Lionsgate swoops in for TV Guide units

Company to buy network, Web site for $255 mil

Lionsgate has intercepted TV Guide Network and from an investor group that had agreed to buy the assets.

Macrovision said Monday that it has bowed out of an agreement to sell the network and Web site to Allen Shapiro and One Equity Partners for $255 million and instead will sell them to Lionsgate for the same price.

Macrovision, a technology firm known for its digital rights management solutions, said it preferred a sale to Lionsgate because of that company's existing cash and available funds and because the new deal is void of financial performance requirements.

The previous deal, for example, contained a $45 million earn-out provision through 2012 that might have driven the purchase price below $255 million.

Macrovision also said Monday that the deal with Lionsgate has a better chance of closing than did the deal with Shapiro and One Equity Partners.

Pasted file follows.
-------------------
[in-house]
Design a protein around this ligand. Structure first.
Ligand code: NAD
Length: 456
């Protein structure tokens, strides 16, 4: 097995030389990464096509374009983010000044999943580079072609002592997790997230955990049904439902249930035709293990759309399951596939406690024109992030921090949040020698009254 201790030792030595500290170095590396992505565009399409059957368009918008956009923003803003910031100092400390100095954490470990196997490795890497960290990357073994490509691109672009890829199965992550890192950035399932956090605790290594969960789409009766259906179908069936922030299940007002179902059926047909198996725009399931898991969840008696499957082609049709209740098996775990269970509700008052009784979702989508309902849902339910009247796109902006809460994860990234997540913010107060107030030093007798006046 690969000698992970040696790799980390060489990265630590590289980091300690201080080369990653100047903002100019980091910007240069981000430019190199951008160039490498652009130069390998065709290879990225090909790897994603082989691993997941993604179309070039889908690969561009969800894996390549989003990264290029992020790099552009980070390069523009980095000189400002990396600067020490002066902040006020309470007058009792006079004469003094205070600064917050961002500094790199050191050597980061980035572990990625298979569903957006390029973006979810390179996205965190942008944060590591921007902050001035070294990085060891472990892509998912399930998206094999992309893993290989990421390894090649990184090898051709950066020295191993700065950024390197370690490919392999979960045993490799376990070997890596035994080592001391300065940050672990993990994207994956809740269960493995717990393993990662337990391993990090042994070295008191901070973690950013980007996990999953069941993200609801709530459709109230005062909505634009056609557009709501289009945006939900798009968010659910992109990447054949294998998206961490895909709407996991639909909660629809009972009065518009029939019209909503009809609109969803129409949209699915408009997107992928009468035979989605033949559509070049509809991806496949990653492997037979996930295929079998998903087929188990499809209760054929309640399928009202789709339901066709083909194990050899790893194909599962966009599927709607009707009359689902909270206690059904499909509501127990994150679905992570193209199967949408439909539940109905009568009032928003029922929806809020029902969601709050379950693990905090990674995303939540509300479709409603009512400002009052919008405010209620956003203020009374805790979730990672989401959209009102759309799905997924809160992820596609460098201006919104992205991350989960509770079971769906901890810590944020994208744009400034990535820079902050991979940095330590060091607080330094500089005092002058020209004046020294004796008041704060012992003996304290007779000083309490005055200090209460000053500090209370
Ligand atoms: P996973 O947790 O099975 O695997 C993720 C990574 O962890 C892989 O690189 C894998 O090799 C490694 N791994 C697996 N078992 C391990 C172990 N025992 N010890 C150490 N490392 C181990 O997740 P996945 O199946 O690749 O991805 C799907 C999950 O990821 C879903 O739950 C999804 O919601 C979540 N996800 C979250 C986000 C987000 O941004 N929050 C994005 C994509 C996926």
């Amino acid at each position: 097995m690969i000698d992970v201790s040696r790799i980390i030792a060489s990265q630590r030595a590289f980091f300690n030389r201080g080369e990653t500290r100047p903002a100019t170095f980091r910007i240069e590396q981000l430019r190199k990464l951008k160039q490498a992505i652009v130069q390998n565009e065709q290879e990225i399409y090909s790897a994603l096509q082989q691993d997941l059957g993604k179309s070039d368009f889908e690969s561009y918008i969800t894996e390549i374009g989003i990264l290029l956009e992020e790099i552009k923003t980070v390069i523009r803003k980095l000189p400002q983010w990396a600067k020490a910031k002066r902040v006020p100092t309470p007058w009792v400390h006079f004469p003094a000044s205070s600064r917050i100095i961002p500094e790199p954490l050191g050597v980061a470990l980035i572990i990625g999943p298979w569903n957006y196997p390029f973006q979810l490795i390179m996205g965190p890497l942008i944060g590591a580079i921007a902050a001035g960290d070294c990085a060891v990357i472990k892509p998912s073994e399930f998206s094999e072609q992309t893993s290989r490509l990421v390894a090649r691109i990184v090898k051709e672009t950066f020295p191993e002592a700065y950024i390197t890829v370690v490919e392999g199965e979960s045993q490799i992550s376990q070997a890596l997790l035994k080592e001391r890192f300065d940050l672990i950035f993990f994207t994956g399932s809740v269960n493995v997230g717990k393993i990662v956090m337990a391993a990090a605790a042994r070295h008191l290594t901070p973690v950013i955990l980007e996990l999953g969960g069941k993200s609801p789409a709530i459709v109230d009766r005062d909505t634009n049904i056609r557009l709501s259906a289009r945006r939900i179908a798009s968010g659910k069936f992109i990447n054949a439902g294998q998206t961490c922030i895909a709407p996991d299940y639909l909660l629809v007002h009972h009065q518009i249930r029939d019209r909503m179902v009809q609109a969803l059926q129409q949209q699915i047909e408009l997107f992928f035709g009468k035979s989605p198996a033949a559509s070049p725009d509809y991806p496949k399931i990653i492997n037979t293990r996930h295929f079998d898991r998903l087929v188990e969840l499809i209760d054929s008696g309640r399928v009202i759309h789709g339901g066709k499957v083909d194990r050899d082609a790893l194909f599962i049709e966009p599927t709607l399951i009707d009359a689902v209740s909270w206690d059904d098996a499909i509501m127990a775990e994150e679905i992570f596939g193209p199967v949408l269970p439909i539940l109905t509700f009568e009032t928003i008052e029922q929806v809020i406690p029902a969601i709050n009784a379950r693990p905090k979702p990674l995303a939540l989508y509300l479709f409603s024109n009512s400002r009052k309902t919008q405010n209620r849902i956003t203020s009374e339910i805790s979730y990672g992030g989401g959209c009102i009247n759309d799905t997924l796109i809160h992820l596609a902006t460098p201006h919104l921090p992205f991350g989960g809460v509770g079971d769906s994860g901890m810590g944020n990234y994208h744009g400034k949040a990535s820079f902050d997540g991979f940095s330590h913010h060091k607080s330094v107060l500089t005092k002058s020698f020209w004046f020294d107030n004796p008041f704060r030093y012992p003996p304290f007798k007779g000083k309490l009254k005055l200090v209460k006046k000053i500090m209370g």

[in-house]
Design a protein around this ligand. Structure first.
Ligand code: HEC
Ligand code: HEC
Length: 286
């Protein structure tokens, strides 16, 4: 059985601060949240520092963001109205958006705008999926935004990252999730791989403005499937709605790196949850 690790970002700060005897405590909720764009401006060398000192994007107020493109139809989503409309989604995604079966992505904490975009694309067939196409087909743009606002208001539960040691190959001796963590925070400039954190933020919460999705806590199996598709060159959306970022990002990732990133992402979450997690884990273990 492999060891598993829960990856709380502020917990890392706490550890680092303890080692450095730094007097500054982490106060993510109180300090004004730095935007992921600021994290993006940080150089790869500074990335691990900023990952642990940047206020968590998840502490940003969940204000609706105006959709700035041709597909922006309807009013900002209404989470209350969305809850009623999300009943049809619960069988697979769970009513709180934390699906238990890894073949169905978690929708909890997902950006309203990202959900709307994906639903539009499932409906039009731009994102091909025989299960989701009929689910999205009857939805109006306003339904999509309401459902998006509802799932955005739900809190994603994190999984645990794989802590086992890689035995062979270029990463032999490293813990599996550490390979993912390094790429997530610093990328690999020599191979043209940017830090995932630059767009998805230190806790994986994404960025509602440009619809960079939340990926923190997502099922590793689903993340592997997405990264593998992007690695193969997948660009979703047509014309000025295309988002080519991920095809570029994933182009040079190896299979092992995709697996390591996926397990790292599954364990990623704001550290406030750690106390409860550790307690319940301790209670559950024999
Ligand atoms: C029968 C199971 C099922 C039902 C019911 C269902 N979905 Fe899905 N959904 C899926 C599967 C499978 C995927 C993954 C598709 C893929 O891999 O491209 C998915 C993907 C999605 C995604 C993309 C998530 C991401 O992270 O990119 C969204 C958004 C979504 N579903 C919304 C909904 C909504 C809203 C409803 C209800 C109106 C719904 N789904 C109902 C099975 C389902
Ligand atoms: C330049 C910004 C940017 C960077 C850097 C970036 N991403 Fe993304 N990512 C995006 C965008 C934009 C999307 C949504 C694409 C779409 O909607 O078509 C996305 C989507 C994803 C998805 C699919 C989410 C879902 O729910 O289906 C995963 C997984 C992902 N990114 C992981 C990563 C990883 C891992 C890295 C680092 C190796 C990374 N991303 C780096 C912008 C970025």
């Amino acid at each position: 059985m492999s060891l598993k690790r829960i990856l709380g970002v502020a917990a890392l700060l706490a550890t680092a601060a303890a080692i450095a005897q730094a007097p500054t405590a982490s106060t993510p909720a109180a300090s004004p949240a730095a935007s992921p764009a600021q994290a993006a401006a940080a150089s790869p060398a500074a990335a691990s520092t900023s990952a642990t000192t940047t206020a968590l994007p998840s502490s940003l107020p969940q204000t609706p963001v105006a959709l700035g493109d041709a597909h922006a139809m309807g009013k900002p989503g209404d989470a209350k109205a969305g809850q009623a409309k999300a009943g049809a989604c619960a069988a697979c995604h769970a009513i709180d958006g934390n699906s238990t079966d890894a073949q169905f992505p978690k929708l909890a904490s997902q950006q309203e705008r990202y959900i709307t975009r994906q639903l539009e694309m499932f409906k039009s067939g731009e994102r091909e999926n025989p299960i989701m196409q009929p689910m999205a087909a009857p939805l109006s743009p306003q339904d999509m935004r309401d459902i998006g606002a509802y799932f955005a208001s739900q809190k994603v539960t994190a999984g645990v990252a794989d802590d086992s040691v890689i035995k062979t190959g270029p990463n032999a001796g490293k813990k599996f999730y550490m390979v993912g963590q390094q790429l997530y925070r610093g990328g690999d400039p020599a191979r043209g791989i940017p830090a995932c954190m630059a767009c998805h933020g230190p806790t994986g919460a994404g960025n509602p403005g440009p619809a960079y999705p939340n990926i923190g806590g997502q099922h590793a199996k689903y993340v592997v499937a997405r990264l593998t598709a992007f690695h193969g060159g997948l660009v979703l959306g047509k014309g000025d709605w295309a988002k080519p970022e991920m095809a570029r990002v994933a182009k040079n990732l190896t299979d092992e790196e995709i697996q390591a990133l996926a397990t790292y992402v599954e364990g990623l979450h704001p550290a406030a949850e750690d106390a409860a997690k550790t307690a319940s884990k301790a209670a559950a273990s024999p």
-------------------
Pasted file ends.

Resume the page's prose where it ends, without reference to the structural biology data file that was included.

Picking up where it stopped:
Shapiro, a former CEO of Dick Clark Prods., and One Equity Partners had announced their intention to buy TV Guide Network and the Web site just last month, with the deal expected to close by April 1. Lionsgate, though, said its transaction to acquire those assets from Macrovision could close a bit sooner than that.

Lionsgate, known more for its film business, has been beefing up its television presence. It not only produces "Mad Men," "Weeds" and "Crash" but also distributes "South Park," "Family Feud" and several more TV shows. It also partnered with Sony and Comcast two years ago to launch FearNet, a popular on-demand channel, and will launch entertainment channel Epix with partners Viacom and MGM by year's end.

"This is tremendous real estate, rarely available," Lionsgate CEO Jon Feltheimer said of TV Guide Network and The assets, he said, fit well "with our strategy of combining content creation, distribution and direct access to the consumer."